Earthquake reveals mountain ranges ‘bigger than Everest’ buried in Earth
Where Mount Everest were thought to be the biggest mountain ranges globally, a study might prove it wrong as scientists have claimed to find huge mountain ranges buried several kilometers in Earth and could be bigger than Everest.
Unearthed due to one of the biggest earthquakes on record, geologists from Princeton University have discovered massive mountain ranges some 660km deep beneath Earth’s crust in mysterious inner region known as the mantle.
Instead of a peak sticking out with free space above, the rocky landscape grate up against other layers of rock. According to the researchers, these hidden mountains are unlike anything on earth.
“It’s hard to compare them to the mountains we see at the surface. This is a solid-solid boundary, with solid above and solid below,” lead scientist Jessica Irving told The Sun. “They could be as big as Everest, and maybe even bigger.”
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The team examined the mountains with the help of seismic readings taken during a massive earthquake that occurred in Bolivia back in 1994. The magnitude 8.2 quake flared up 660km beneath Earth’s surface.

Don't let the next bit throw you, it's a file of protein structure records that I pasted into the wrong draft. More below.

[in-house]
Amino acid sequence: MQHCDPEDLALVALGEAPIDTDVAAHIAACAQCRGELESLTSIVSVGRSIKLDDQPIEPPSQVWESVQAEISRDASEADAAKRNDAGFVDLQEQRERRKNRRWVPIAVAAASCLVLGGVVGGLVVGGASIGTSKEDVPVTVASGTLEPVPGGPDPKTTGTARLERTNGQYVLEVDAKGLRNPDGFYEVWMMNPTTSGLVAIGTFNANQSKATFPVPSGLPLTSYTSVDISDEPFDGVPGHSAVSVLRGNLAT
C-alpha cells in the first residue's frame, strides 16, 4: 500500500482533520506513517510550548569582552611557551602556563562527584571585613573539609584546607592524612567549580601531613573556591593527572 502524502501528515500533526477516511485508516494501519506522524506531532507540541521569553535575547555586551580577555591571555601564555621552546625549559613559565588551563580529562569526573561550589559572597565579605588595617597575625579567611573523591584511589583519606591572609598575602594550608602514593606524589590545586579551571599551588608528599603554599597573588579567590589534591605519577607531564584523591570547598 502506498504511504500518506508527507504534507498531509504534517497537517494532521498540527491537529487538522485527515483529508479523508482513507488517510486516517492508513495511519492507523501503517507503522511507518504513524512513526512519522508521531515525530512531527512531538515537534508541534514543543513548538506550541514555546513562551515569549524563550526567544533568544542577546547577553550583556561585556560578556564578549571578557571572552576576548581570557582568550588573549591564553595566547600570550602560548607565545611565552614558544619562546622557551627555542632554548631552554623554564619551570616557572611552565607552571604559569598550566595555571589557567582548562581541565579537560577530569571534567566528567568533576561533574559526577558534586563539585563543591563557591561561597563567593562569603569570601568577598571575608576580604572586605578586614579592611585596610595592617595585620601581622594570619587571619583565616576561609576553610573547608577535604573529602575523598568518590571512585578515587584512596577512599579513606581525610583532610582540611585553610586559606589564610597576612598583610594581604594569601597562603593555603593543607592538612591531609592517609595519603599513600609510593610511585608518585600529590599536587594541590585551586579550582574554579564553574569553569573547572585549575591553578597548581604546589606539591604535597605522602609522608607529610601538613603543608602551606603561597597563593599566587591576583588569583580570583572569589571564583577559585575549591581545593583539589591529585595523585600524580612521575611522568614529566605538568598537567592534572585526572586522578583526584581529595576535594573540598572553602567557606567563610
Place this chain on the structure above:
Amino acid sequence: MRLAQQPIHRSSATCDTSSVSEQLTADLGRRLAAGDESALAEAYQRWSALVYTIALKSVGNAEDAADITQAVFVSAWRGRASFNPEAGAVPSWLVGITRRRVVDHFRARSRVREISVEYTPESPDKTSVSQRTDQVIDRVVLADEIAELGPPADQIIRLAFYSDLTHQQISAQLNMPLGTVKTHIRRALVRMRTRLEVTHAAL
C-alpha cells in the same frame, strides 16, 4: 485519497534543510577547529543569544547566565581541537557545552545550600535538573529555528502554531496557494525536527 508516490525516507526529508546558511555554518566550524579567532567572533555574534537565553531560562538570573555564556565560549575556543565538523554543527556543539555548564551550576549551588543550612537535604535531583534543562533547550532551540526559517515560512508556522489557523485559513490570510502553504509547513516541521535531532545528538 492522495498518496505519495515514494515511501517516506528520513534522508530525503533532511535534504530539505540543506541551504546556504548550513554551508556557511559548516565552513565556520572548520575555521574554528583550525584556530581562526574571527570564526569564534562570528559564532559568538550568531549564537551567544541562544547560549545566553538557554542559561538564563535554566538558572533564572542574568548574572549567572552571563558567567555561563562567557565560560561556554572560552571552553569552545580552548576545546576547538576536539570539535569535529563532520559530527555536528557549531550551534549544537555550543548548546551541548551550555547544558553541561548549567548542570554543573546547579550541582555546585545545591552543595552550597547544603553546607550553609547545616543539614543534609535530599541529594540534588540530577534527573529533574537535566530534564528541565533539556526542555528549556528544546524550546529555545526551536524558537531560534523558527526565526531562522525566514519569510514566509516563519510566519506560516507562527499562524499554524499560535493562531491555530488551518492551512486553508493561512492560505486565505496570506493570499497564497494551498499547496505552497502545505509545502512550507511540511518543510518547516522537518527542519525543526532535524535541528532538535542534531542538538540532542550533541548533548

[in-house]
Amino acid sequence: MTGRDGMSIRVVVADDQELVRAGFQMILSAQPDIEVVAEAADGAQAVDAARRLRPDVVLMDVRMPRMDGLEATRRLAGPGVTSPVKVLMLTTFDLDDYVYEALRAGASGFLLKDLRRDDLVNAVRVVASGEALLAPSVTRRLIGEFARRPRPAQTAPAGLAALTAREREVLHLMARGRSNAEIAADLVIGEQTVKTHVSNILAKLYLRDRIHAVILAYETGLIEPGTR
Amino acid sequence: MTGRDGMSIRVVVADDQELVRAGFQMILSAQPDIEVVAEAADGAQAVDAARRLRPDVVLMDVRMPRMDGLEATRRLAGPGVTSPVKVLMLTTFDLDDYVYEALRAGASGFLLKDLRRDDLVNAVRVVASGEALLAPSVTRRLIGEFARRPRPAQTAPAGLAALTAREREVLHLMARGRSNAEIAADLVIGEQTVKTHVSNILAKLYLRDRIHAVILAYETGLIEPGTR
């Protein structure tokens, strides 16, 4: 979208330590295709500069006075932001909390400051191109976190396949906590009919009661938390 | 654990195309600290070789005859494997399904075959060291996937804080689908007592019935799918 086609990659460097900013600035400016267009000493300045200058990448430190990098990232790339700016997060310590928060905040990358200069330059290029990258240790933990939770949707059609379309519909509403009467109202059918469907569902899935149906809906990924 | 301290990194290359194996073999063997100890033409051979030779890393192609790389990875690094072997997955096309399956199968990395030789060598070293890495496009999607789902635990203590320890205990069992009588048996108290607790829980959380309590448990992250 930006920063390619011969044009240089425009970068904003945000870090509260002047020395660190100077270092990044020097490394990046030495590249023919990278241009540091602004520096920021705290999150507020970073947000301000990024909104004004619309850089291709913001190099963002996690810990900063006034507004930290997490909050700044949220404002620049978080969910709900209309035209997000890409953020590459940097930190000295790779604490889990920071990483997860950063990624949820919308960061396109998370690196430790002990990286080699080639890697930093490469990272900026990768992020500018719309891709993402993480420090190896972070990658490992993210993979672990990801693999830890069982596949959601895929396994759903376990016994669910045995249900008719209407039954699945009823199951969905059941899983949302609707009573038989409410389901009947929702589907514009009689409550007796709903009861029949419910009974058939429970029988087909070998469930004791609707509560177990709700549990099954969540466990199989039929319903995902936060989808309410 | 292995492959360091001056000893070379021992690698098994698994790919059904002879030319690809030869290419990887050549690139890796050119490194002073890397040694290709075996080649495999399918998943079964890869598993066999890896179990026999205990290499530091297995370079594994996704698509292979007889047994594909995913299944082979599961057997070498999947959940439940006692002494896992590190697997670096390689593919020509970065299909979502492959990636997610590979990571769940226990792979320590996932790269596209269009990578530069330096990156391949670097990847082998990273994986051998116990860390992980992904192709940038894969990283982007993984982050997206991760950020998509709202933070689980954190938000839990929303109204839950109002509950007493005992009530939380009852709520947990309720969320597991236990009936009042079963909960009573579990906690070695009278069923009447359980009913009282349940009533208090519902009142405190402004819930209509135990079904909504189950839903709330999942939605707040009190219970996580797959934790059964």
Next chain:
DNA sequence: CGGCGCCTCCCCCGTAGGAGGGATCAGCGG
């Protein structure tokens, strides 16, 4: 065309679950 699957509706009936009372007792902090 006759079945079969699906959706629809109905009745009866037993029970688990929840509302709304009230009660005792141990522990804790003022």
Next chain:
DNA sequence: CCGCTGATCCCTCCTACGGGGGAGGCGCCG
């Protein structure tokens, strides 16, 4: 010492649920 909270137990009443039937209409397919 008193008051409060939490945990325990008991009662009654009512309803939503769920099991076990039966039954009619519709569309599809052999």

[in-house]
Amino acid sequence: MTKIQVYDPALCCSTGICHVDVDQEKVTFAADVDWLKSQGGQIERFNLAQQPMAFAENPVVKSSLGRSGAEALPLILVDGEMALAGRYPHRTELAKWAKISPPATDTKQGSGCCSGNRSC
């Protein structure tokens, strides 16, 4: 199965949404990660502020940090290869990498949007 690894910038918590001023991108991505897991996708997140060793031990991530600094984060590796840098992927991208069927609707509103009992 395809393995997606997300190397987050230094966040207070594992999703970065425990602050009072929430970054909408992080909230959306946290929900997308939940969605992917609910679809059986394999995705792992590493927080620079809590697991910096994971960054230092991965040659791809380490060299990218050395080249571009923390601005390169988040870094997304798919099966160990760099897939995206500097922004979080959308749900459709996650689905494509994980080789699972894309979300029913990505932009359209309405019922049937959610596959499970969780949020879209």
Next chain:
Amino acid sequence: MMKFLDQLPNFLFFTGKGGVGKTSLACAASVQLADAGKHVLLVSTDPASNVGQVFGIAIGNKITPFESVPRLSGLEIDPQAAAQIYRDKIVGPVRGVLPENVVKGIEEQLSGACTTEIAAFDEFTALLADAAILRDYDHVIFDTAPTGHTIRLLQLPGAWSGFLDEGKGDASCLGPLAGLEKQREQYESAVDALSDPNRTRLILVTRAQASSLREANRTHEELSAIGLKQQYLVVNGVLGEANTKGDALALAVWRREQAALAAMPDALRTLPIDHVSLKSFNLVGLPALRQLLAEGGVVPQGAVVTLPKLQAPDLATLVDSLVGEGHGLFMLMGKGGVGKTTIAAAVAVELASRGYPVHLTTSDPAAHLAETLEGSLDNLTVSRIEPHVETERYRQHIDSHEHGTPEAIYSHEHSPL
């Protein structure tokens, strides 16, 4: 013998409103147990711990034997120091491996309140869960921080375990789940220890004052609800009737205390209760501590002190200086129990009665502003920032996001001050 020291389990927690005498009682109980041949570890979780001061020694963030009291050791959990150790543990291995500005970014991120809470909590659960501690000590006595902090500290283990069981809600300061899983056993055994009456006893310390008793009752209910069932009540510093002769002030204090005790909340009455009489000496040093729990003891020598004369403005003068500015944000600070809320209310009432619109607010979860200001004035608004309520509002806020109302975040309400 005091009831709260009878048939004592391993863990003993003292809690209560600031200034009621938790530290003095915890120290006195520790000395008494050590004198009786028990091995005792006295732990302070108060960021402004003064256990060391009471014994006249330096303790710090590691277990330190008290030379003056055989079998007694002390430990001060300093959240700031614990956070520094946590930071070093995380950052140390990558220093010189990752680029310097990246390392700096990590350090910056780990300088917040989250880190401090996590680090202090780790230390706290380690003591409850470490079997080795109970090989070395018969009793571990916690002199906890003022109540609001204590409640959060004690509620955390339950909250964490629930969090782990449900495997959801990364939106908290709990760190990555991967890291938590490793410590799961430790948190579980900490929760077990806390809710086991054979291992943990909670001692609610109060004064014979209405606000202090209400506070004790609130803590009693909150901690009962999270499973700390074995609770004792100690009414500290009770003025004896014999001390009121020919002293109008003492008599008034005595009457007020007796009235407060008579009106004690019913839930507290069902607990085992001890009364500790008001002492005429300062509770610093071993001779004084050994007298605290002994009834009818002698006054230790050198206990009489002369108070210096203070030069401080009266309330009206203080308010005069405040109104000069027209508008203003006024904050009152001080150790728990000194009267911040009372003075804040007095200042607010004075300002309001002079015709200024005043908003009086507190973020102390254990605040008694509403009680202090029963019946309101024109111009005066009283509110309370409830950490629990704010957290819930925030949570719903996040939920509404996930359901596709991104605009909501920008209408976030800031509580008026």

The seismic waves produced by the quake scatters throughout Earth’s inner layers, providing scientists a unique insight into Earth’s layers. Their calculations showed an amazingly rough boundary equivalent to mountain ranges as per the study published in the journal Science.
Though the researchers weren’t able to measure the precise height of the mountains, they say that it might be bigger than anything on Earth. Moreover, this study could further help researchers about Earth’s formation and reveal more details about the planet’s inner layers, reported New Atlas.
“What’s exciting about these results is that they give us new information to understand the fate of ancient tectonic plates which have descended into the mantle, and where ancient mantle material might still reside,” said Irving.
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